Sunday, August 14

Week 6 - Summary

Situation: Investors have many options, whether they are savers or gamblers, but few of these options are simple, straightforward, and cheap. Our blog meets these objectives by ignoring the ups and downs of stock, bond, commodity, and real estate markets: we identify very long term investments of high quality and low risk, then show the investor how to put a regular investment plan on “autopilot.”

Goal: Once a month, our weekly ITR blog will be a review of the previous 4 or 5 weekly installments. While we are not personal investment counselors, our summaries are an attempt to condense ideas – and thereby provide a degree of guidance to investors who are getting started.

In our Mission and Goals statement, we introduced the ITR Growing Perpetuity Index of 12 stocks. In our Week 4 blog, we provided further details of this index. In Week 5 we provided an ITR Master List of all stocks in the S&P 500 Index that meet our investment criteria, and we introduced a new feature, “The Incubator,” where we are creating a sample investment platform. Now (Week 6) we compare the total returns since 2/1/93 for 8 Growing Perpetuity Index stocks to the total return for SPY. We make 3 assumptions: 1) quarterly dividends are reinvested; 2) $200 is added on the first trading day of each month; and 3) a 2% commission is paid (leaving $196/month for investment). By reinvesting dividends, we capture the power of compound interest. By purchasing a fixed dollar amount of shares each month, we capture the power of dollar cost averaging.

For example, the effect of dividend reinvestment on an investment made in SPY can be illustrated by using the 10 yrs from 12/29/00 (when SPY closed at $131.19/share) to 12/31/10 (when SPY closed at $125.75/share). Although each share of SPY lost 0.42%/yr in value over this period, dividend reinvestment resulted in a total return of 1.3%/yr (moneychimp). Dollar cost averaging (adding $200/month) increased SPY’s total return to 1.9%/yr (because stocks were “on sale” for much of that decade).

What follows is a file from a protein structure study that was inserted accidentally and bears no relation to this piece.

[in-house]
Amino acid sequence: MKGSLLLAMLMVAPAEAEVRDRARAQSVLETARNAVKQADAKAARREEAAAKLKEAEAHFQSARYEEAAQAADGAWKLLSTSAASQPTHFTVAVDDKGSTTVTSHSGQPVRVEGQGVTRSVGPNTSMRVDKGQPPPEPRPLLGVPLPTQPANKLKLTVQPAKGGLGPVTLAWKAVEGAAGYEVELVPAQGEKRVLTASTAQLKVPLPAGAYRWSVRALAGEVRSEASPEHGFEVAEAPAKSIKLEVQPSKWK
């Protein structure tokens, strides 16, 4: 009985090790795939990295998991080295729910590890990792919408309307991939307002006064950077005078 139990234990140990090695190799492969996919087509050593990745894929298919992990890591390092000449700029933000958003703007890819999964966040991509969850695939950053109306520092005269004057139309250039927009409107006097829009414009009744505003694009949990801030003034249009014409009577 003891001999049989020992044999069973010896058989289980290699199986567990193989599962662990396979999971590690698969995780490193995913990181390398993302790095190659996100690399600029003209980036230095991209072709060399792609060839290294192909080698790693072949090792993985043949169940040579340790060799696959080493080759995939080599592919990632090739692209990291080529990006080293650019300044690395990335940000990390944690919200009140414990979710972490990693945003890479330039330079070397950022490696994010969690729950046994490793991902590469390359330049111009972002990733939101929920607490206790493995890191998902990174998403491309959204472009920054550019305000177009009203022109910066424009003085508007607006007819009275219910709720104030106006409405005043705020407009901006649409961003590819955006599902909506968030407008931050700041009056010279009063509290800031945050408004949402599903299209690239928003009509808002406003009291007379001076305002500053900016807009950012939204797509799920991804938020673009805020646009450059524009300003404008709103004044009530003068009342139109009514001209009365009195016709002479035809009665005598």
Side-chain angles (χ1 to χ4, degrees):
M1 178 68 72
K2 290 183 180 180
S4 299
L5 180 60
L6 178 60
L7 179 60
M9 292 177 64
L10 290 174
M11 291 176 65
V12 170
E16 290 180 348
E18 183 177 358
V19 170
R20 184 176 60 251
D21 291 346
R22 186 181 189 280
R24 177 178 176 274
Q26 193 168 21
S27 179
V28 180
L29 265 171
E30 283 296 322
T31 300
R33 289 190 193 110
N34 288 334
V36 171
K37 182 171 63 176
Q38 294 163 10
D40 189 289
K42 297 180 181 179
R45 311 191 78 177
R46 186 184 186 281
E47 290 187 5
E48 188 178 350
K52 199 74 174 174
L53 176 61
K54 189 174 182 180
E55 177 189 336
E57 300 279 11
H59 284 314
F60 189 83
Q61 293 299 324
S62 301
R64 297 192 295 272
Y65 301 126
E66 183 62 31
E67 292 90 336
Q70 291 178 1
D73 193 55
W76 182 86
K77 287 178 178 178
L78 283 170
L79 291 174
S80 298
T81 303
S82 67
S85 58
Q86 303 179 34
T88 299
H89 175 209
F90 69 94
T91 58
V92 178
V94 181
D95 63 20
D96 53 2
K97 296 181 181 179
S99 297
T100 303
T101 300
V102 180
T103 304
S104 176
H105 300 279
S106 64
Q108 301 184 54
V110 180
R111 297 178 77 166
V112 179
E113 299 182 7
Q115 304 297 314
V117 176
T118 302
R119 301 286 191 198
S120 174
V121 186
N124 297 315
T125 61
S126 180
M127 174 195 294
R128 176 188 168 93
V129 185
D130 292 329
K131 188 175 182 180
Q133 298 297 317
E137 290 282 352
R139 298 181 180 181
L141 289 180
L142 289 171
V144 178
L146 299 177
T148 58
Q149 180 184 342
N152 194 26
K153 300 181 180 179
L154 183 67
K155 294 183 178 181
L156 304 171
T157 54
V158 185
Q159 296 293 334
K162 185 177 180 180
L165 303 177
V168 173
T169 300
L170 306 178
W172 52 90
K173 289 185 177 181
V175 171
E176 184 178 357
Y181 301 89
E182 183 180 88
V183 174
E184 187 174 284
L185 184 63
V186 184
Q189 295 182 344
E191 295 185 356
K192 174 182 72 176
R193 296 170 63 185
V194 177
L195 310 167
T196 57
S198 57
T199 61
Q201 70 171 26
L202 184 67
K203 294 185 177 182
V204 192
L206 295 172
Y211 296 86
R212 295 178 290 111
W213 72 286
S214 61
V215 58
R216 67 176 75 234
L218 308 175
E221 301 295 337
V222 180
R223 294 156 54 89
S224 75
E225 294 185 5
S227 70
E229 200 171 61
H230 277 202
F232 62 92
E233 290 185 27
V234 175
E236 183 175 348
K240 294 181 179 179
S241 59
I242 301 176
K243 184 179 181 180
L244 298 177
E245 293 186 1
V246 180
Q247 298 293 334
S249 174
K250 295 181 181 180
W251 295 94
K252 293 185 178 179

In Week 4, we explained why these12 stocks were selected for inclusion in our Growing Perpetuity Index:

  • ExxonMobil (XOM)
  • Wal*Mart (WMT)
  • Procter & Gamble (PG)
  • Chevron (CVX)
  • IBM (IBM)
  • Johnson & Johnson (JNJ)
  • Coca-Cola (KO)
  • McDonalds (MCD)
  • United Technologies (UTX)
  • 3M (MMM)
  • Norfolk Southern (NSC)
  • NextEra Energy (NEE)

DRIPs are available for all 12 stocks but 8 happen to be available at computershare with minimal or no commissions (XOM, WMT, IBM, JNJ, KO, MCD, UTX, NEE). Not only does the “point and click” investor benefit from one-stop shopping but these 8 companies happen to represent all 7 S&P industries that contribute companies to our Growing Perpetuity Index, namely:

  • consumer staples (WMT, KO)
  • consumer discretionary (MCD)
  • health care (JNJ)
  • energy (XOM)
  • utilities (NEE)
  • information technology (IBM)
  • industrials (UTX)

This helps to provide diversification for your portfolio. Regular investment in only one company from each of these 7 categories does carry some risk, namely the risk that the chosen company will not be a stellar performer for that sector. However, companies meeting the ITR criteria are “blue chips” that minimize such risk. By undertaking regular, very long term DRIP investment in a company from each of the 7 industries, a newbie investor would achieve total returns in excess of the S&P 500 Index and do so with less risk. Why is there less risk? Two reasons: Firstly, all 3 “defensive” sectors of the stock market are represented: consumer staples, health care, and utilities. Consumers continue to spend on those sectors during a recession and stock prices hold up better. Secondly, the 34 companies (in Week 5) that meet our criteria carry less than half as much debt as the S&P 500 Index as a whole (Debt/Equity = 0.60 vs. 1.25): When revenues fall off in a recession, companies lose value because of the need to service their debt by paying interest and returning principle on bonds that come due. Revenues may not be sufficient to cover those legal obligations so bankruptcy looms in the immediate future.

This week we provide a Total Returns Table where we compare the Total Return (i.e., dividend reinvestment gains + gains from monthly $200 purchases) for each of these 8 stocks over 18.5 yrs (2/1/93 to 8/1/11) to the total return for SPY. This Table shows that stocks chosen because of their high quality and low risk far outperform the S&P 500 Index as a whole. Why is that? It is because most of the companies in the S&P 500 combine low quality with high risk. The 34 exceptions are in our Week 5 ITR Master List.

Bottom line: There is a simple, cheap, and straightforward way to invest in stocks. It requires patience, attention to detail, and the ability to ignore market gyrations.

click here to move to Week 7

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